Takealot adopts wait and see approach to Amazon's traction in SA

Naspers-owned Takealot Group, South Africa's top online retailer, is maintaining a watchful eye after Amazon South Africa’s launch last month.

Naspers-owned Takealot Group, South Africa's top online retailer, is maintaining a watchful eye after Amazon South Africa’s launch last month.

Published Jun 13, 2024


Naspers-owned Takealot Group, South Africa's top online retailer, is maintaining a watchful eye after Amazon South Africa’s launch last month.

Takealot was in a laager-like protective stance, explained Mamongae Mahlare, the group executive chairperson of Takealot Group.

Mahlare yesterday said: “I think they (Amazon) have had a soft start. But that is by no means an indication of the storm.They have a long game, they’re adjusting and they will learn.

“We hope in the long term all this investment, activity and competition ends up encouraging most South Africans to buy online,” she said.

In November 2023, the South African e-commerce platform takealot.com counted some 17.5 million visits worldwide. That month, over 90% of the visits were registered in South Africa, according to Statista.

But Mahlare said there must not be an underestimation of the impact of all the various e-commerce players.

Players included Checkers Sixty60, Makro, Temu, and Shein, among others.

Mahlare said Takealot was focusing on strengthening its South African footprint currently in the face of increasing competition rather than expansion in Africa.

Takealot’s owner, Naspers, Africa’s largest company by market value, recently boosted its investment in Takealot Group ahead of Amazon’s launch.

Mahlare said Naspers continued to support the business.

To be competitive, Takealot has had to up its marketing not just in advertising, but on social media, among other initiatives.

“We need to have the funds as required to fend off the competition to prosper, even to accept that the profit from this business might be lower as we invest. Naspers has a long-term view of the business and is committed to protecting this South African asset in order for it to continue to thrive,” she said.

Mahlare said that in three years’ time Takealot should have a bit more stability around how the increased competition would affect the platform.

Mahlare welcomed the government’s new regulations that will make it more costly for Chinese retailers, such as Temu and Shein, to bring in goods at a lower cost.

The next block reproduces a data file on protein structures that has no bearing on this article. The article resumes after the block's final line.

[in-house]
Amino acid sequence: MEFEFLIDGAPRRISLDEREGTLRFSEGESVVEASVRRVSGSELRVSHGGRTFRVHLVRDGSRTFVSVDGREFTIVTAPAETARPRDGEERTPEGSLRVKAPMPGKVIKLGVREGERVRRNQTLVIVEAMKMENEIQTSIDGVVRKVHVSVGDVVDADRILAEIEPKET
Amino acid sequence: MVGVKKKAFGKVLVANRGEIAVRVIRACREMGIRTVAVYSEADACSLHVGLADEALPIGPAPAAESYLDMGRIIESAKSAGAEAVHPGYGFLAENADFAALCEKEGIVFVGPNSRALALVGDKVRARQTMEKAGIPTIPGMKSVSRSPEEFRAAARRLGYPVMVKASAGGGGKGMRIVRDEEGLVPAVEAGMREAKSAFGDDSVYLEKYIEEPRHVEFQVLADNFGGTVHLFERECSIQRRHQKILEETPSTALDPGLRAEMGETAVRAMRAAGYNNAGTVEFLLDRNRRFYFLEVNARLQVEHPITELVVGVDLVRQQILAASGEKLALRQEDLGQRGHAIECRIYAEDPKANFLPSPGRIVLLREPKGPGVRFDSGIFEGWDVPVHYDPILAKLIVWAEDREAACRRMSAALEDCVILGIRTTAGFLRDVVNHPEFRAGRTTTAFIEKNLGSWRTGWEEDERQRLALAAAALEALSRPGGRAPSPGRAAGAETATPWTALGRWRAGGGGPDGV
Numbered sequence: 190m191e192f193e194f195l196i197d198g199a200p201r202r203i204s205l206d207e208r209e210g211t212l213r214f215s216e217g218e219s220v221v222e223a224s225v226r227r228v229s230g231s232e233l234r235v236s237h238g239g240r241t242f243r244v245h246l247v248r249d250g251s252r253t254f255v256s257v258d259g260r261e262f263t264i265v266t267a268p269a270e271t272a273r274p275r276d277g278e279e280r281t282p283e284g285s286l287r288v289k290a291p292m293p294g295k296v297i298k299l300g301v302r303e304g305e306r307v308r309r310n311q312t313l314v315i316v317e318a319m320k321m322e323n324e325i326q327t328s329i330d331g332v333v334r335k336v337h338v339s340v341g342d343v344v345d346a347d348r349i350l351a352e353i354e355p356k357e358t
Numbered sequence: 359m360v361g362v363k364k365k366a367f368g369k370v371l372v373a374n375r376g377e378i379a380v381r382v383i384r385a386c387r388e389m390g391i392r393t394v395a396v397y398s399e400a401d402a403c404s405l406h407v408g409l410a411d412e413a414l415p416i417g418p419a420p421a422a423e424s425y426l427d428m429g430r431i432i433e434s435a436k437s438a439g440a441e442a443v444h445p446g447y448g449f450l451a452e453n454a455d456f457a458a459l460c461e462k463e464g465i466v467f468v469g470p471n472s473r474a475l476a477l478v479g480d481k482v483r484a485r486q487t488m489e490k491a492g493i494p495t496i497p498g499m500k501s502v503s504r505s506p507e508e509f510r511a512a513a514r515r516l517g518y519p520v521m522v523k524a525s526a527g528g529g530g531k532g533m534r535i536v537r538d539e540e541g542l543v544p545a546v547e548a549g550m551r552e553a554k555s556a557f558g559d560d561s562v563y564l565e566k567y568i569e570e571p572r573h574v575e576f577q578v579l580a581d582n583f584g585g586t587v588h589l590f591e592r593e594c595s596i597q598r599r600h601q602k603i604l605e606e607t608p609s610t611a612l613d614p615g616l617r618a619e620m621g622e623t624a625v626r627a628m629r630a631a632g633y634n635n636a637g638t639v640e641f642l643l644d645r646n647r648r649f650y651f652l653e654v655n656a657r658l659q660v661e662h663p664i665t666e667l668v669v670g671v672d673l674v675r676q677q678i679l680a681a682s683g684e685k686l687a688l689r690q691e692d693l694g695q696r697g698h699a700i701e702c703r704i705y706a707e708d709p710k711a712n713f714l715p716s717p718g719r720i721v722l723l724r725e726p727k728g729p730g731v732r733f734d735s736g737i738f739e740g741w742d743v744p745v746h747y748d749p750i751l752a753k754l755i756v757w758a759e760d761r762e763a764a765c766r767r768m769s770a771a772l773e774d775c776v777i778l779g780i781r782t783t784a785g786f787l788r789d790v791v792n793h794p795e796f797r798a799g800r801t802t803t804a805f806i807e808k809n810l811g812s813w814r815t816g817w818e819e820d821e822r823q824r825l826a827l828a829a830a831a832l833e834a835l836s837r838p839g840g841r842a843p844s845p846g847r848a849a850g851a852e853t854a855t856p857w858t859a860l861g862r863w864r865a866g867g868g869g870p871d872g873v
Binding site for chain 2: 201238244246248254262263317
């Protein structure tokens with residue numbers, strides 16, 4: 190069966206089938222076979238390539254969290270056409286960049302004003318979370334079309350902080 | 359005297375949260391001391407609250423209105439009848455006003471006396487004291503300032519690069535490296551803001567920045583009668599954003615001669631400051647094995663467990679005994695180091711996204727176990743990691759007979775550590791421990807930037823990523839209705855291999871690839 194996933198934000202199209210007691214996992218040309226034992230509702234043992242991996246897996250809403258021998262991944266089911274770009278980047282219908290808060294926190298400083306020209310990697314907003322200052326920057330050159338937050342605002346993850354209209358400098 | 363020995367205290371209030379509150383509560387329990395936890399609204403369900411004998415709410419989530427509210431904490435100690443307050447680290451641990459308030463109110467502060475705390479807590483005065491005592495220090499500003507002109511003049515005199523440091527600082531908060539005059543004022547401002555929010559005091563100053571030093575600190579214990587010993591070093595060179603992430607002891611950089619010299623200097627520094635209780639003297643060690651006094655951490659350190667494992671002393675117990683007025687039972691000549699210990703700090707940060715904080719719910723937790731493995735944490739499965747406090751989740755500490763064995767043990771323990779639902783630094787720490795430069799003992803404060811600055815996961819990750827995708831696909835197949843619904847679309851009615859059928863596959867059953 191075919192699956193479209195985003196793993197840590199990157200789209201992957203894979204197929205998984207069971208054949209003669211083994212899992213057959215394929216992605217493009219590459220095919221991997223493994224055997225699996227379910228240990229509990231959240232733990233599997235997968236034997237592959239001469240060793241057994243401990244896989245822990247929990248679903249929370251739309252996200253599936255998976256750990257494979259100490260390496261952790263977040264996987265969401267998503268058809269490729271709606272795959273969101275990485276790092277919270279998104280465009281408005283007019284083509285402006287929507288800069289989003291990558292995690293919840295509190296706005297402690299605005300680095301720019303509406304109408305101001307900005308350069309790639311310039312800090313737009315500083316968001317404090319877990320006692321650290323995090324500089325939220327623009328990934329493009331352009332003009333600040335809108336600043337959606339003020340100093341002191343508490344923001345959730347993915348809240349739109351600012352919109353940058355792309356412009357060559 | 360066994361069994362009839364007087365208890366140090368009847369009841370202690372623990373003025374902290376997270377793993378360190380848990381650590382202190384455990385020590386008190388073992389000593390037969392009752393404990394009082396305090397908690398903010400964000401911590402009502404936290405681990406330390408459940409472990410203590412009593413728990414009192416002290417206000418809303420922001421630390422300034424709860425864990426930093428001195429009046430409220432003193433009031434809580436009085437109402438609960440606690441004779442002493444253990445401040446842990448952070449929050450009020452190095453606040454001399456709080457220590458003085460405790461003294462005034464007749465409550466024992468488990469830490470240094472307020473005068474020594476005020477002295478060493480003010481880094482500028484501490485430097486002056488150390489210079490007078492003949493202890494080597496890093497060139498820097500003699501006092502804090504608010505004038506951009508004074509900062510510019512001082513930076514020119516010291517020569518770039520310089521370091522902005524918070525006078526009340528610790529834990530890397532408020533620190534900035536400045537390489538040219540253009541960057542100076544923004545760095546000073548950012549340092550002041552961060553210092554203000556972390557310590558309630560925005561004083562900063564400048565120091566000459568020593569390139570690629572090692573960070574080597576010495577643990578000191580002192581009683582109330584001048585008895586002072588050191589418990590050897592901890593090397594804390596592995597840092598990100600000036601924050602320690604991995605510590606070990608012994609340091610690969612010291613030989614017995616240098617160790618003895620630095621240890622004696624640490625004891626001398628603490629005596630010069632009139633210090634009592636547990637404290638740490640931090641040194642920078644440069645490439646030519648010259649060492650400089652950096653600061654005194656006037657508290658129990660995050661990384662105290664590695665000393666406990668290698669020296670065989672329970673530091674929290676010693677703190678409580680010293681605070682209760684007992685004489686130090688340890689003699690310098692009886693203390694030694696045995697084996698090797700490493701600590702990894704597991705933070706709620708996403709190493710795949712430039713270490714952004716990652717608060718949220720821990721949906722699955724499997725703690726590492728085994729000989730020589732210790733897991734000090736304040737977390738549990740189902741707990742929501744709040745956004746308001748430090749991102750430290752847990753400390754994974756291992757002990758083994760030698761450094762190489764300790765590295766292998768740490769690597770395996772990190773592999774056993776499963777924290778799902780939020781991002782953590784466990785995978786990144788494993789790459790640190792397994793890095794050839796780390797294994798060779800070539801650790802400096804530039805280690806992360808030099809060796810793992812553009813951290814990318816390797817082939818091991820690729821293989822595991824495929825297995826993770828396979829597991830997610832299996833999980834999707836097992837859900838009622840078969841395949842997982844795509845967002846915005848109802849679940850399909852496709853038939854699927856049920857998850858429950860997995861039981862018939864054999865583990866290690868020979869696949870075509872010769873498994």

Batches of parcels brought into the country from Chinese retailers that are below R500 will be taxed at the same rate that local clothing retailers have to pay.

“There has been a lot of effort that’s gone into making sure that things are on an even playing field. Obviously still more needs to be done,” she said.

She said Takealot, the National Clothing Retail Federation of South Africa and a group of concerned parties were engaging with the Department of Trade and Industry as well as the South African Revenue Service to look at all the different ways exports were coming into South Africa and not paying taxes.

Mahlare said to level the playing field, international companies importing to South Africa also needed to pay tax to the South African fiscus.

“South Africans are buying products and the money is just going out to China, and the South Africa fiscus just ends up with the little bit you paid in duties,” she added, likening it to a land-grab.

Mahlare spoke about the importance of localisation and supporting online players versus international e-commerce. Sites such as Takealot, for example, had thousands of South African small businesses on their site, which supported job creation.

She said the South African master plan encouraged localisation and local production. There was more than consumers having the right to cheap products.

“If you are losing jobs in industries due to imports, local companies will go back to importing and jobs will be lost. There’s got to be a middle ground and say, yes you can bring the goods in, but it’s got to be properly competitive,” she warned.

Meanwhile, talking about the effect of the cost of living squeezing consumer spend, Mahlare said: “Absolutely.”

“Last year one could see the contraction as people just didn’t have money. You can see the spike of sales on payday. Also on the 15th of a month there is a huge spike. Whereas before there were spikes, but they weren’t huge. But as for the selection of goods people still buy everything.”

Apparently air fryers are in massive demand.

Mahlare said until South Africa’s interest rates came down and at least for six months, then it would start to have a material impact on people’s disposable income.